So it does change in a competition. Because you can’t rely on can’t rely on braising, you can’t rely on long, slow, low-heat methods that we all learn in school, that are ingrained in us as chefs — you have to kind of just quickly pump out something that still has a real depth of flavour and something that people who are judging you want to eat.
And you kind of have to roll with the punches, too. I mean, it’s not like they just give you 30 minutes to cook something. There’s always there’s always a twist. So I go into these competitions and I try not to overthink things because anything that you are super set on can just change in a second.
So there is lots of standing in the restaurant, and lots of standing around on TV cooking competitions. For a chef who does both, are supportive shoes as important as sharp knives?
Absolutely. I would almost say my shoes are more important than my knives, at this stage of my career. Because I can make it work with a dull knife but I can’t make it with a crappy pair of shoes. You’d only get about two hours of work out of me.
From all your experience watching past seasons, were there some specific competitions that you were a bit leery of doing?
I think many of the chefs have probably been very leery about “Restaurant Wars,” where the chefs get divided into two teams and they make a menu and have to do a full restaurant service for actual guests, along with the judges. I like doing a competition by myself, because everything is a little bit more under your control. But when you have to work as a team — a brand-new team, with people you haven’t worked with before, under very stressful circumstances — it adds more stress on to the stress of just serving the people good food in the moment. So that was something that, I’ll be honest, I was kind of dreading.
Did you get to know any of the other chefs?
Yeah, they were a wonderful group of people. As much as it’s perceived as a cutthroat competition, I would say in my experience, talking and spending time with the other chefs was probably the most calming part of the entire competition. Meeting and learning from them, and talking about food during our off time was fantastic. My only regret is I didn’t get to try as much food as I wished because everyone is cooking at such a high calibre.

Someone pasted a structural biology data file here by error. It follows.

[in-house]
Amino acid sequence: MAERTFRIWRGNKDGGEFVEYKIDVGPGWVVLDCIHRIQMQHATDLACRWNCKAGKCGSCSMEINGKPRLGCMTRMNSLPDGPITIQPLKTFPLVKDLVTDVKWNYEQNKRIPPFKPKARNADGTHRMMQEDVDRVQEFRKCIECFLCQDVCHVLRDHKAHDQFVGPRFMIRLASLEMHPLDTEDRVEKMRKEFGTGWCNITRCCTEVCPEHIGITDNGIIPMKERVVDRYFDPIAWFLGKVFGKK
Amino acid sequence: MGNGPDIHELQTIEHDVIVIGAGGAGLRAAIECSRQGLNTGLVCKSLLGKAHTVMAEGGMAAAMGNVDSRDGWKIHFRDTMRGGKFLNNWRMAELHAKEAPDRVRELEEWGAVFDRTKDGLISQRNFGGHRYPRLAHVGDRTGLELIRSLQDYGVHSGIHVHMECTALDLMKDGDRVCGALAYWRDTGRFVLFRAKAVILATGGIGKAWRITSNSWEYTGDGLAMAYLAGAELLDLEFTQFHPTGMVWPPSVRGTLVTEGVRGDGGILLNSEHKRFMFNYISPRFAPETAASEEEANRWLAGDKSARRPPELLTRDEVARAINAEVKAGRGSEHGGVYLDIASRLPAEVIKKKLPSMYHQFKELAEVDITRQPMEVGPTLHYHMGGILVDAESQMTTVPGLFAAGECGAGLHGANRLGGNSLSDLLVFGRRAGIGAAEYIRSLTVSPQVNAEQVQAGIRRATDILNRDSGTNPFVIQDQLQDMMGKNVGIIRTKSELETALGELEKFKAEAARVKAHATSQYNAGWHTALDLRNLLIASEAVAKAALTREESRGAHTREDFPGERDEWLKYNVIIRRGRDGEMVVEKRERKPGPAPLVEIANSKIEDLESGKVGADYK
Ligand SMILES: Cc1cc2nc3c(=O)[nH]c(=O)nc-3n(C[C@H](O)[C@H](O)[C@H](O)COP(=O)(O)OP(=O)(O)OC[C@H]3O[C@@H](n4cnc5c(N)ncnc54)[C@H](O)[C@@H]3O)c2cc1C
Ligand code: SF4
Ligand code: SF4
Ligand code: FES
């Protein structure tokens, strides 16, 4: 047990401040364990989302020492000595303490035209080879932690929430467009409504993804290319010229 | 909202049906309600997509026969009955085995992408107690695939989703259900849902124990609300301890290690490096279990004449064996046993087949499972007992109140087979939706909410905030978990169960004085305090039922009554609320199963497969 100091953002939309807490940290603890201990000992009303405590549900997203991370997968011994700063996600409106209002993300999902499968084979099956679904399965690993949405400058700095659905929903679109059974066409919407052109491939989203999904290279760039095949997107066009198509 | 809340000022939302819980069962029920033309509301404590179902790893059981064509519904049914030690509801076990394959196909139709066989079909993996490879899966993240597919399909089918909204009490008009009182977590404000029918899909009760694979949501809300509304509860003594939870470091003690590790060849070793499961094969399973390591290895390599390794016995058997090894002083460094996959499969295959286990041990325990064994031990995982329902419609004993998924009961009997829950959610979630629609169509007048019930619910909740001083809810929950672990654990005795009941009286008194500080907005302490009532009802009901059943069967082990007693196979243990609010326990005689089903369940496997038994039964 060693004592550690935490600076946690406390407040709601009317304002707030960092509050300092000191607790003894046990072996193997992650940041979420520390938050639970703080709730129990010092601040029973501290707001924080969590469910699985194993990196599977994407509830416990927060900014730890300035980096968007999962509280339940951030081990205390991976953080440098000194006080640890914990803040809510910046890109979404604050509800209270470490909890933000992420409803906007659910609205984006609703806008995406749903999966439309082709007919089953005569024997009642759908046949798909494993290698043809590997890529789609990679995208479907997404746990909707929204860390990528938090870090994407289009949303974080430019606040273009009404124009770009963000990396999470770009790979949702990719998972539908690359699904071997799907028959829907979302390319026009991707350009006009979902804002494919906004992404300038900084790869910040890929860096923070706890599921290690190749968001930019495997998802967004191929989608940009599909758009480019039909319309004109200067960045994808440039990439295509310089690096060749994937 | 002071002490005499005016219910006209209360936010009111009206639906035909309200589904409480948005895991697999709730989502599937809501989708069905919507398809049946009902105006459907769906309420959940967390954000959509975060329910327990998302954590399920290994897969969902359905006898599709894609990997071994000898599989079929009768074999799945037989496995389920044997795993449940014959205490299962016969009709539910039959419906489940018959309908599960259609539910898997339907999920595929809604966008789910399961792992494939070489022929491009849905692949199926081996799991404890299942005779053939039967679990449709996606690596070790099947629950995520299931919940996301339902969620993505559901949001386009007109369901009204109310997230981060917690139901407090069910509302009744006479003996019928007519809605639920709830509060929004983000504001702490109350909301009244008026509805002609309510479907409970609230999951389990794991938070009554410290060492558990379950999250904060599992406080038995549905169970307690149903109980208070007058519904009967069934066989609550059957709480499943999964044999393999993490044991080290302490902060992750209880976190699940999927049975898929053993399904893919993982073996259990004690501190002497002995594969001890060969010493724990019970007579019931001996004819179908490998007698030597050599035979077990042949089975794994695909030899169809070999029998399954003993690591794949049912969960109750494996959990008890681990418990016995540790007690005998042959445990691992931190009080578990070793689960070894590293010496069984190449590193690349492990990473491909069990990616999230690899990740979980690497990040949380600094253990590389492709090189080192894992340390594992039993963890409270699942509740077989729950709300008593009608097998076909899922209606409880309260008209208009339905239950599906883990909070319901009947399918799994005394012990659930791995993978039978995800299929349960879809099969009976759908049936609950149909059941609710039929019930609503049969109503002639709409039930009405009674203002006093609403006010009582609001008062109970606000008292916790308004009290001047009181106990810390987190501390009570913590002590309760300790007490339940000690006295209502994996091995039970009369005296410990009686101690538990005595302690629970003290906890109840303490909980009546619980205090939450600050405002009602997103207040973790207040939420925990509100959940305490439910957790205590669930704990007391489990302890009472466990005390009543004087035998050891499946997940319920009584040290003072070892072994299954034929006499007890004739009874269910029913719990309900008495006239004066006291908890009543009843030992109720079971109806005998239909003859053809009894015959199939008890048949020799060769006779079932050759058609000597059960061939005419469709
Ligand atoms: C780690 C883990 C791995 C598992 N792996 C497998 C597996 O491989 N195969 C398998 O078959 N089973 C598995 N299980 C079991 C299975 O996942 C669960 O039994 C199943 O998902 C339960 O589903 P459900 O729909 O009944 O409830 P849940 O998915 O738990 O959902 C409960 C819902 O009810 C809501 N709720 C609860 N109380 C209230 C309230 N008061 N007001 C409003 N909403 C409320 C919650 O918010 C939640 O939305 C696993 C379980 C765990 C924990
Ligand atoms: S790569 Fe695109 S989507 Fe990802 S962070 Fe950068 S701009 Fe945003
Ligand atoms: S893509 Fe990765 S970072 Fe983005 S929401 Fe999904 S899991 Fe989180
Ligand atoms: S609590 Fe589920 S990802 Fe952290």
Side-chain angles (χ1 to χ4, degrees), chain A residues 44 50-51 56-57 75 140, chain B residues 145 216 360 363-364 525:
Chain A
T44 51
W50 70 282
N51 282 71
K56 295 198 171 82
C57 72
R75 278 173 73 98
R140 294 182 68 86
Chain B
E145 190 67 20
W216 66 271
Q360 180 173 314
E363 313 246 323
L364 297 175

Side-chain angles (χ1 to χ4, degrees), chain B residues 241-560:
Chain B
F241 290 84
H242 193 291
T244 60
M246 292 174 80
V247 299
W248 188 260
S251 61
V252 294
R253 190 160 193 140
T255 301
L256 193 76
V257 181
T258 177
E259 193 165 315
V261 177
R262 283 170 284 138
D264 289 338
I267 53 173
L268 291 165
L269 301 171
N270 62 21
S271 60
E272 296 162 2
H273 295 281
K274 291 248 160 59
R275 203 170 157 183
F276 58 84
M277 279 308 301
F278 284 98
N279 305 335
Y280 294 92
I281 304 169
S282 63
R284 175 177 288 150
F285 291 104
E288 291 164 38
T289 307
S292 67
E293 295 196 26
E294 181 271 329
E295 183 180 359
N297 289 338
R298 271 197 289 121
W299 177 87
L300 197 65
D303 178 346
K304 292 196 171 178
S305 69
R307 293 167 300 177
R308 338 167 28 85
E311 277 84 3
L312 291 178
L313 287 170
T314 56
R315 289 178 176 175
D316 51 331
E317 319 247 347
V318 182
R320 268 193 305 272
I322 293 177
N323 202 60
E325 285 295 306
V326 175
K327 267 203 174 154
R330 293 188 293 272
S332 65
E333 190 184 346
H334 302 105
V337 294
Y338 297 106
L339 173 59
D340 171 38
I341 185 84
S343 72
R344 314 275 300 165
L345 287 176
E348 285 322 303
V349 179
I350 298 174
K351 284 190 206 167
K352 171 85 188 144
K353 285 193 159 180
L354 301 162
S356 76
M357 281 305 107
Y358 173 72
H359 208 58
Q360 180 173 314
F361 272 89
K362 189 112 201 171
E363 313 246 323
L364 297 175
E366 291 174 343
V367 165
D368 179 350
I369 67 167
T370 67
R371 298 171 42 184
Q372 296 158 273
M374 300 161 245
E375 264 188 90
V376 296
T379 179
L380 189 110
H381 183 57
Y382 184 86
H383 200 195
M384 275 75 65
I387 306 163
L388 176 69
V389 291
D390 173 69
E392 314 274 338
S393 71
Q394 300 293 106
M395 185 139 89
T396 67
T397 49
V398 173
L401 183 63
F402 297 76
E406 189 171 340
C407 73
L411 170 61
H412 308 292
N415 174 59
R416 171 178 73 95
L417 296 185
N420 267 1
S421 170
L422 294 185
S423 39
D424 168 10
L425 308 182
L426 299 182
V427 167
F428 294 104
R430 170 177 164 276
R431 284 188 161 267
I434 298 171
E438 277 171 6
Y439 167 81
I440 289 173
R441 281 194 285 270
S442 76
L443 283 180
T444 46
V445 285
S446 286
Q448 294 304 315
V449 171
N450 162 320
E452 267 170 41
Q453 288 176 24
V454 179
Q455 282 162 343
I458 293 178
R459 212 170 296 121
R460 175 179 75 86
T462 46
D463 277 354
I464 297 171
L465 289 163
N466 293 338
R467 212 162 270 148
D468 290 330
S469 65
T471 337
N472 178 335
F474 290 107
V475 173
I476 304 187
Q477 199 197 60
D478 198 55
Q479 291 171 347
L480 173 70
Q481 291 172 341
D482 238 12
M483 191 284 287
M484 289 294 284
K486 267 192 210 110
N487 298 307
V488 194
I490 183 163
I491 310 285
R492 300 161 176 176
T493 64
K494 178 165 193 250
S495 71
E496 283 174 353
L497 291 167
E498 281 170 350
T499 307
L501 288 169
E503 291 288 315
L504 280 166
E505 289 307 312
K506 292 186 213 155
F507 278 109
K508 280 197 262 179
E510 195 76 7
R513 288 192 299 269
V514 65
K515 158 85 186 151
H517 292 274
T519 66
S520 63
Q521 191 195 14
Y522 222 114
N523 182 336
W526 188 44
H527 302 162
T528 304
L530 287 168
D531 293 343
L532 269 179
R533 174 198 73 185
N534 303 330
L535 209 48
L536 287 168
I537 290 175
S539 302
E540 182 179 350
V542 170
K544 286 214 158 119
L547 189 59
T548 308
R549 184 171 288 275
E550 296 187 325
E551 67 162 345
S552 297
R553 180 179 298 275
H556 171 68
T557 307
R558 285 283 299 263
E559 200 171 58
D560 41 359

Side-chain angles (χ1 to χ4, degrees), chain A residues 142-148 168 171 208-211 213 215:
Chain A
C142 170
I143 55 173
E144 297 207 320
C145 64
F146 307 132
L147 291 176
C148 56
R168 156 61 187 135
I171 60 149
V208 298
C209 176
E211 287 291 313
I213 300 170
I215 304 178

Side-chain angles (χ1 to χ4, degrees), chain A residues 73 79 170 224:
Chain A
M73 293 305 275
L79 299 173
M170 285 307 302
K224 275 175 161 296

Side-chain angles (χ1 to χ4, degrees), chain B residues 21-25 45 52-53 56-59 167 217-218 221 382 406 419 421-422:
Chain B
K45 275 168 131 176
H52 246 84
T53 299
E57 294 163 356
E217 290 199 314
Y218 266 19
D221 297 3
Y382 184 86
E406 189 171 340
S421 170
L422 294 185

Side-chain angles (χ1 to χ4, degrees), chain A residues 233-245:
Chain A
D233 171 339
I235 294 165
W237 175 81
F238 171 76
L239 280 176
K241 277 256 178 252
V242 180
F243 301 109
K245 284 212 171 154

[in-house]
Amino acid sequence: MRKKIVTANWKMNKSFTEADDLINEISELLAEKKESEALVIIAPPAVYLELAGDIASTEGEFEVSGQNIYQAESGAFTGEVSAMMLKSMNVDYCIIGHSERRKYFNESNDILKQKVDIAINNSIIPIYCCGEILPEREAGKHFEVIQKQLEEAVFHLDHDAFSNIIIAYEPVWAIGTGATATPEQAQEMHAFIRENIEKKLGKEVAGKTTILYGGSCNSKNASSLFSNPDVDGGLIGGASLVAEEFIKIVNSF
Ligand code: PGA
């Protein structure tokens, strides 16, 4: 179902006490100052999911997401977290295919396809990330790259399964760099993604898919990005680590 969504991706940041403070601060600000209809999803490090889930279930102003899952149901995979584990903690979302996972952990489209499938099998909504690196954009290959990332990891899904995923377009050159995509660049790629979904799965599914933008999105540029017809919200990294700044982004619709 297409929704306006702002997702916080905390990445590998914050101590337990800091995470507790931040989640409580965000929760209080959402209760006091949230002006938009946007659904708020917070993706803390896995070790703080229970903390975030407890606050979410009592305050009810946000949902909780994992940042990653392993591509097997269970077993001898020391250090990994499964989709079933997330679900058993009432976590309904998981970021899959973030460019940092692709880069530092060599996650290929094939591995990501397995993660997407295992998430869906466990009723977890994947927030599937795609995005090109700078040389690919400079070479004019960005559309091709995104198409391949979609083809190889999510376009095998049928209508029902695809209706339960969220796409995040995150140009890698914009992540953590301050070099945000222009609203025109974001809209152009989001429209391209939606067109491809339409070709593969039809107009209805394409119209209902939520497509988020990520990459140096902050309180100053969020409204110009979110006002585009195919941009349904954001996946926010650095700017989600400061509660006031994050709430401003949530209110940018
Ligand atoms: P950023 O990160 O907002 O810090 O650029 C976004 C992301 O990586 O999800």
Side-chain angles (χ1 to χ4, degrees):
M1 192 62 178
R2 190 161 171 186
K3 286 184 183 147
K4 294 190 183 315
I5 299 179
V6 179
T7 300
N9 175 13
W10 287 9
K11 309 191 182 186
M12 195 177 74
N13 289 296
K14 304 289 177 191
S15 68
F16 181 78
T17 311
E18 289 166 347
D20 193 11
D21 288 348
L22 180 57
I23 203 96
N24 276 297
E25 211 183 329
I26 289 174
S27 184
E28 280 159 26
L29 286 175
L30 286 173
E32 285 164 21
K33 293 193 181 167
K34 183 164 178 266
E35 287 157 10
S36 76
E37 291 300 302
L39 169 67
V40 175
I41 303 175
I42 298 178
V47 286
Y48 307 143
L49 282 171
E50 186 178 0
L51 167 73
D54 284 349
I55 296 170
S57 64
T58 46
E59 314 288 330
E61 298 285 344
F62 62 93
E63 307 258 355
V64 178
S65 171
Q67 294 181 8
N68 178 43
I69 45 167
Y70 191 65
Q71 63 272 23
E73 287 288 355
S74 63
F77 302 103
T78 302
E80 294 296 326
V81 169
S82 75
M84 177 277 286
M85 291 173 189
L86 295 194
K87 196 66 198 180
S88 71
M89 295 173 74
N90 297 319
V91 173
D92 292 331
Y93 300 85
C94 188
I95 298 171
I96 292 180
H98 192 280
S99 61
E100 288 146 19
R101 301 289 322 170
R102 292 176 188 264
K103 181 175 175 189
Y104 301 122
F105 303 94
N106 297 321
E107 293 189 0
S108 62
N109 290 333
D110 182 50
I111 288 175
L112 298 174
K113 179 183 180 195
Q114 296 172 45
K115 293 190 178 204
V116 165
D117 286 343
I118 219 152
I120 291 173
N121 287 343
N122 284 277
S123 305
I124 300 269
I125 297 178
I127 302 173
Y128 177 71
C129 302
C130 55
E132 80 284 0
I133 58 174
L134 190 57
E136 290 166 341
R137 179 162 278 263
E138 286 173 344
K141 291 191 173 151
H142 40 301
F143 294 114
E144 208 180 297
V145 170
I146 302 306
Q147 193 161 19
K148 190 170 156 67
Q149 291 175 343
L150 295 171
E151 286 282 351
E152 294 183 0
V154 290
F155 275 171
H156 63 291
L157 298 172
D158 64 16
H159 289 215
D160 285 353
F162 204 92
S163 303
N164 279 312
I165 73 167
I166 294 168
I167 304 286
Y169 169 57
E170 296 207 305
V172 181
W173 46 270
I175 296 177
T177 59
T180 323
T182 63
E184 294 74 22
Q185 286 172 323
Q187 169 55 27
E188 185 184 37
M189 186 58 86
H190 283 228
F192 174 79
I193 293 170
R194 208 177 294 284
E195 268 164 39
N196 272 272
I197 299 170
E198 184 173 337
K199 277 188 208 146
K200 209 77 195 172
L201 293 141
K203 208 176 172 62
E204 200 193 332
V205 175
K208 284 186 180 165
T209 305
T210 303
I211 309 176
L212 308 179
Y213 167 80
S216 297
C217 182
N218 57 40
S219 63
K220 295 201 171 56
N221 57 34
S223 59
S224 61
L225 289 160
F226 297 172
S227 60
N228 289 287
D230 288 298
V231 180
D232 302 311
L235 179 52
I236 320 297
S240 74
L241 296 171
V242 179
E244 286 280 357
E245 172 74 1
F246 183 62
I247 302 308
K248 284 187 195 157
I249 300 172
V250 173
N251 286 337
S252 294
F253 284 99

And now that you’re back at The Common, how did the menu change in your absence go?
I have a great team here. The Common is extremely established and great — the management and the great cooks in the back — so they killed it. They did awesome. We reduced the menu a little bit, so it wasn’t so overwhelming. And I think now that I’m back and I can kind of start to put a lot more time in, we’re going to take on kind of a small menu that we had and expand on it and make something really nice for the people here in Edmonton.
Crab Tostada Salad – Chef Lindsay Porter
4 oz fresh-picked crab meat
1 oz canned chipotle (or 1 tsp dried)
2 oz mayonnaise
Fresh cilantro, chopped
Fresh shucked corn
1 tsp cumin
1 lemon, plus lime zest and juice
2 cherry tomato
1 Thai red chili pepper
1 watermelon radish
2 crispy fried corn tortillas
Mix together the crab, chipotle, mayonnaise, chopped cilantro, chopped thai basil, corn, cumin and lemon and lime together to make a crab mixed salad.
Fry two corn tortillas or brush with oil and bake in the oven until crispy.
Thinly slice tomato, radish, gooseberry, cucumber and pepper.
Place crab on one tostada, garnish with herbs and sliced vegetables, and stack a second tostada on top and garnish with picked herbs and sliced veg.